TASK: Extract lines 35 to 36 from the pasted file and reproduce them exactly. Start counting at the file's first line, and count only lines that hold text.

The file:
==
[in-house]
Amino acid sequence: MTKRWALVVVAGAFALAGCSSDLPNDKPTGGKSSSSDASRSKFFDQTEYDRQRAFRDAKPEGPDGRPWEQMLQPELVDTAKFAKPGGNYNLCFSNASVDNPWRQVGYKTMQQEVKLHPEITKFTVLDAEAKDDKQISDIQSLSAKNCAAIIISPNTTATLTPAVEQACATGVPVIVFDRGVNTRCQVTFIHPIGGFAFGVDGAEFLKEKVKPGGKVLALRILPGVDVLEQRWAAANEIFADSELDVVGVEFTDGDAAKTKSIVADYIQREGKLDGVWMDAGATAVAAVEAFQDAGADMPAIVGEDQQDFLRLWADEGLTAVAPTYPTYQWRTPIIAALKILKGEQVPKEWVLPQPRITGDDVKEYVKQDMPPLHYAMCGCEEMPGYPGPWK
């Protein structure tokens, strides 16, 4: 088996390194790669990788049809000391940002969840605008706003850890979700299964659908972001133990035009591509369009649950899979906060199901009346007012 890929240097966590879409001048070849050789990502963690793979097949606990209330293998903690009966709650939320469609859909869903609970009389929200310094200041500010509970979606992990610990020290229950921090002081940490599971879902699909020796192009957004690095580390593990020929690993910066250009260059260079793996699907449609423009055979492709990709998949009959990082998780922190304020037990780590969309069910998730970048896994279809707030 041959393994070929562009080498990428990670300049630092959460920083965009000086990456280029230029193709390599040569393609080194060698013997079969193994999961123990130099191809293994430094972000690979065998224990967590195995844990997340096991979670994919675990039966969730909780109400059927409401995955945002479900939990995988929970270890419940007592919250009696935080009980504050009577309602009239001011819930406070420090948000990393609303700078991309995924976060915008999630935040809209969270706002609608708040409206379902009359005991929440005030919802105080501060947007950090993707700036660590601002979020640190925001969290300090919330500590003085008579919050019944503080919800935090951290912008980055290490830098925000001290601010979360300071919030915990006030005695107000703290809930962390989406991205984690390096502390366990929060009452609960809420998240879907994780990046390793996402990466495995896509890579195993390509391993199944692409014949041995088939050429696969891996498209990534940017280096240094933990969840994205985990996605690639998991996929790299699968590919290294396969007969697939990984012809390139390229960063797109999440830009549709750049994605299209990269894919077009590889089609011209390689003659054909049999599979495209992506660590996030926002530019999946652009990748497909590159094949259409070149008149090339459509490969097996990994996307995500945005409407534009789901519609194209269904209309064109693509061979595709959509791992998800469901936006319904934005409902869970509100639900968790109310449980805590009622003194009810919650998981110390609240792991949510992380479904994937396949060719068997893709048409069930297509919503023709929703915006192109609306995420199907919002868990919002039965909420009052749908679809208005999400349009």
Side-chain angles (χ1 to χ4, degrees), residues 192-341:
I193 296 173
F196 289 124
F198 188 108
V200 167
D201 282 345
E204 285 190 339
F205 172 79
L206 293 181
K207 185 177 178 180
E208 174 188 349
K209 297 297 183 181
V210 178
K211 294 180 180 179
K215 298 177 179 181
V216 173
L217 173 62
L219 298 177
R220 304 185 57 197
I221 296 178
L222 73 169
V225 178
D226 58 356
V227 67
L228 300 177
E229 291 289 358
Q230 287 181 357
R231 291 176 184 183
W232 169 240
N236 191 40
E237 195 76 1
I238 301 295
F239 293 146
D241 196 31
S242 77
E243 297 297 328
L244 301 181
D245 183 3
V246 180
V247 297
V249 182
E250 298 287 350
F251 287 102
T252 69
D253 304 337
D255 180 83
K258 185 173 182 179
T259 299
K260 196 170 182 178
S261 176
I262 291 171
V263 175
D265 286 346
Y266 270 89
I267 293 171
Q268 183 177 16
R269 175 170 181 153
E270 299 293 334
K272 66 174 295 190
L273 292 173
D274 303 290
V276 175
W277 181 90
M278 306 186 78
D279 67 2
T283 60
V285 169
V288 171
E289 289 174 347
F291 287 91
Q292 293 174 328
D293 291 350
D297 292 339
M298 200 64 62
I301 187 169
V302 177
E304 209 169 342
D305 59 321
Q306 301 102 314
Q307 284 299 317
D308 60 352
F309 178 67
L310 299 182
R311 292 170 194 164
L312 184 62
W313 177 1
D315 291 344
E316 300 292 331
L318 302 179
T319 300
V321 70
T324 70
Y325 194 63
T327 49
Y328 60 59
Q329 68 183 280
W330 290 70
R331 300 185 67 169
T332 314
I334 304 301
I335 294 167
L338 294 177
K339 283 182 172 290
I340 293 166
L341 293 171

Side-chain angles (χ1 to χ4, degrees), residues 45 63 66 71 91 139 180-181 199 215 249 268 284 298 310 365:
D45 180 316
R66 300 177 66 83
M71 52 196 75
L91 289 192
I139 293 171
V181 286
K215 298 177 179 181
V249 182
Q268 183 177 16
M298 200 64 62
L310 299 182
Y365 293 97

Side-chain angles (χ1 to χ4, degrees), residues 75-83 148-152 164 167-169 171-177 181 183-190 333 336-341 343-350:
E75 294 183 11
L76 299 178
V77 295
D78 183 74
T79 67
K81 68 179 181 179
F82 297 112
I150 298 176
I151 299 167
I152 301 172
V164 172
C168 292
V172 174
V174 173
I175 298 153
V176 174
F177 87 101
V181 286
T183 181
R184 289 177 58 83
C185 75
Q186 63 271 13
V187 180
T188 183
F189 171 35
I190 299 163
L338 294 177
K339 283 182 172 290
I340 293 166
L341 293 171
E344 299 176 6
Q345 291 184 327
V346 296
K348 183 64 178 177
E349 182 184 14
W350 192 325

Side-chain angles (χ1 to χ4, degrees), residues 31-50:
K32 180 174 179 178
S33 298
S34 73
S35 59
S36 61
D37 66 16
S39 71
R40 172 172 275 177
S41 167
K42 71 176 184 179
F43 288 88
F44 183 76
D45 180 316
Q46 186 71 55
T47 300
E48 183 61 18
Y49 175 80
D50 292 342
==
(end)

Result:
I238 301 295
F239 293 146